There has been little interest in archery butts as a distinct class of field monument. They receive only passing mention in general works on medieval archaeology (eg. Taylor 1974; Aston 1985) and to date there has only been one county-based study of archery butts (Faull & Moorhouse 1981). There are a number of general works on archery and the use of the longbow in the medieval period (eg. Strutt 1903; Hardy 1976) but again, the butts receive little or no attention. To date, there has been no excavation of an archery butt.The name "butts" originally applied to the dead marks or targets which were shot at during archery practise and competitions, but the term is usually associated with the range or area of land that was given over to the sport. However, the earthen platforms on which various targets were placed are also called butts. An archery butts is composed of a level flat area of land forming a range along which the archers could shoot. This is often a rectangular area, measuring up to 200m along the longest axis, which specifically set aside for this purpose. Within the range are a number of circular flat-topped, turf-covered target mounds, usually occuring in pairs. These were used to provide a level platform for the targets and were usually positioned at one end or either end of the range; where the latter case occurs the individual mounds are usually separated by a distance of up to about 100m suggesting that either two targets were erected at one time or that one mound was used as a firing point while aiming at the other. At Long Riston, Humberside, there are two pairs of mounds set 100m apart.
The dimensions of the mounds vary from between 2m to 8m in diameter by 1m to 3m high. The butts at Wold Newton, Humberside, are approximately 6m in diameter and 1.5m high while the single butt at Widecombe, Devon, is only 3m diameter and 0.5m high. The mound may be surrounded by a shallow ditch; this seems to be the result of digging out the soil to construct the mound and it does not appear to serve any functional purpose. When they have gone out of use, the mounds may be converted into other monuments such as mill mounds, prospect mounds or stack stands. Prehistoric barrows may also have been used as target mounds and some may have had their tops flattened for this purpose, although no specific examples are known. Conversely, several mounds in prominent positions which are thought to be barrows may turn out, on examination, to be archery butts. Documentary references may provide some information about the location and frequency of use of archery butts. Manorial court rolls often record various infringements of the strict regulations controlling archery. In 1497 the Methley court rolls (West Yorkshire) record that the men of the township were responsible for making the butts while in 1532 it is stated that the men must report with their bows to the butts on each Ascension Day (Faull & Moorhouse 1981, 839). Archery was also a royal pursuit; in 1530 Henry VIII paid Thomas Harte 51s 2d for making a pair of new butts (Strutt 1903, 46). The study of place-name evidence, coupled with ground survey, can be instrumental in identifying the sites of archery butts (eg. Faull & Moorhouse 1981, 838-9). The two most common place-name elements are OE sceotere, meaning shooter or archer, and OF butt meaning archery butt. However, the latter now has the identical modern form "butt" as ME butt meaning an abutting strip of land, a name which is frequently found when referring to medieval field systems. The site of the medieval butts in Sandel, West Yorkshire, is preserved in the name Shooter Close which was first recorded in 1275 (Faull & Moorhouse 1981, 839). No formal classification of archery butts based on morphological evidence has yet been published. All examples are of the same form and there does not appear to be any regional or historical correlations. A provisional classification may therefore be based on the number of target mounds in a specific location. Given the recorded variations from documentary sources and fieldwork, three main types may be recognised:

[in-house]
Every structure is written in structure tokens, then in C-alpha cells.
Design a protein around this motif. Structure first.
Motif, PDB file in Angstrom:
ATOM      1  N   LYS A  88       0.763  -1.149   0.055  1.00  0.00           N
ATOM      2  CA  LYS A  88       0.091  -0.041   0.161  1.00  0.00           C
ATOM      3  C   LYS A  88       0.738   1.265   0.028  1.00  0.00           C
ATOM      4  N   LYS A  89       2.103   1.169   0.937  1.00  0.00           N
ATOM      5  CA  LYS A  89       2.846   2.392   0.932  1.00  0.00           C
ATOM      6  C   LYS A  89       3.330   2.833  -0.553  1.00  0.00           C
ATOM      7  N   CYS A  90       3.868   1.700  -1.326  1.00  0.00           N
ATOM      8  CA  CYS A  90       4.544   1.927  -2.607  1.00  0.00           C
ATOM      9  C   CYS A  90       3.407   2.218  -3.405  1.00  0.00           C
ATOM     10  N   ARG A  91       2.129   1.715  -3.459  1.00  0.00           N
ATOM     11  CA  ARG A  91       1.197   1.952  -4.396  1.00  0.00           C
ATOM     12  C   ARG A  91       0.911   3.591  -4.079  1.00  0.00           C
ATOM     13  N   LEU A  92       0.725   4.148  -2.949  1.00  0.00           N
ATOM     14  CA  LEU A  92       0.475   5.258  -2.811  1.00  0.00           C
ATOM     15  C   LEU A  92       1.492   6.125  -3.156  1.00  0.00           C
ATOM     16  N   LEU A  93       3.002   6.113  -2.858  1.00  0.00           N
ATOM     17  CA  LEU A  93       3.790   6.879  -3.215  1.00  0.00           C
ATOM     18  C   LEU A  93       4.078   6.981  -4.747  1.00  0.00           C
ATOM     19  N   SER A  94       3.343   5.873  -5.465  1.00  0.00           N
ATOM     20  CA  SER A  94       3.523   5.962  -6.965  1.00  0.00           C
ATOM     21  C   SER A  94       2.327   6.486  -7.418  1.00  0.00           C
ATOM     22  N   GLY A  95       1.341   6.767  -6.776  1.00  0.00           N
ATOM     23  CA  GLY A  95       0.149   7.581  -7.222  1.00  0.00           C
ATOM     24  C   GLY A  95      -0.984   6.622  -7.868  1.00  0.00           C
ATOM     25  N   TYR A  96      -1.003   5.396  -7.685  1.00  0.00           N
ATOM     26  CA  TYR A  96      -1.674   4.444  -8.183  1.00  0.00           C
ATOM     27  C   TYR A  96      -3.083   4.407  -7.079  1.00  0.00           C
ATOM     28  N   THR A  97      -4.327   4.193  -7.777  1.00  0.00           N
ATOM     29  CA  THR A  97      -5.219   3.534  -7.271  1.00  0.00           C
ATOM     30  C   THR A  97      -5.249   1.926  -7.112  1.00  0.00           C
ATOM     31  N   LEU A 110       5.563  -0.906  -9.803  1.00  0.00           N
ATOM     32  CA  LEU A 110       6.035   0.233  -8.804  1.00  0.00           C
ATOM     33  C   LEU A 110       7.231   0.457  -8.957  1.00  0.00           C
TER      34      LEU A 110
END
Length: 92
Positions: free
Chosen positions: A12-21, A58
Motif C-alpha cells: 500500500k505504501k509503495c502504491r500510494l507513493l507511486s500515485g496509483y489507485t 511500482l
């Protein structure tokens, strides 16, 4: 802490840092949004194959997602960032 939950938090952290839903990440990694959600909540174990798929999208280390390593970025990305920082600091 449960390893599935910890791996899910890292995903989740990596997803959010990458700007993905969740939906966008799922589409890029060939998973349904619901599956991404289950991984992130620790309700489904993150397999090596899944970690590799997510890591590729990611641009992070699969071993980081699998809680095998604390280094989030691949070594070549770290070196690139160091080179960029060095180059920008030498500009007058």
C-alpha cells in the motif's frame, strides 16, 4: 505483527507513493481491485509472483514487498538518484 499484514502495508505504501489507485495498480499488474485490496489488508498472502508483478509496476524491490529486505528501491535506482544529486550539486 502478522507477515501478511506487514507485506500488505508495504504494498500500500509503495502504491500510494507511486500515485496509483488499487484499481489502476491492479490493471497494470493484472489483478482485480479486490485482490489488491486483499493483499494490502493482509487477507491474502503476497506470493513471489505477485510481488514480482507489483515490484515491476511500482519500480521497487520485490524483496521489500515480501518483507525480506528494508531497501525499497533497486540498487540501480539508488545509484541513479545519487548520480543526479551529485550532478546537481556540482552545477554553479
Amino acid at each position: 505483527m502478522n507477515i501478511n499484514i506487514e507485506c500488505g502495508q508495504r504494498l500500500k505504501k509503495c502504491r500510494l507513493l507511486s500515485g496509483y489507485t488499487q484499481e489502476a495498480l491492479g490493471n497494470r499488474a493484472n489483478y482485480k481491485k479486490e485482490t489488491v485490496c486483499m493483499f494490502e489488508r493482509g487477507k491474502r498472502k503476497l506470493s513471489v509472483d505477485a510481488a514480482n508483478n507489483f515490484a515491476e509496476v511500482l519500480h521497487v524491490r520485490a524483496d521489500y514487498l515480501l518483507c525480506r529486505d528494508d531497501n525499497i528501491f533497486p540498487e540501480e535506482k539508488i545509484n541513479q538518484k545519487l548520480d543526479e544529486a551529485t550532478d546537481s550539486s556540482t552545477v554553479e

All three types may exist within a relatively small area and in some cases it is possible that one type superseded another. Figure 1 shows some examples. At present, no geographical patterning or chronological changes can be identified. Archery butts are the areas of land which were used for archery practise by all sections of society in the medieval period.
- A. One mound: this represents the simplest type and allows for one target to be used at any one time (eg. Widecombe, Devon).
- B. Two mounds: these perhaps represent the ideal with two butts placed either side by side or at a distance apart to allow two targets to be used (eg. Wold Newton, Humberside).
- C. More than two mounds: this represents an attempt to maximise the number of targets in use at any one time (eg. Long Riston, Humberside) and may also represent an attempt to counter specific wind directions.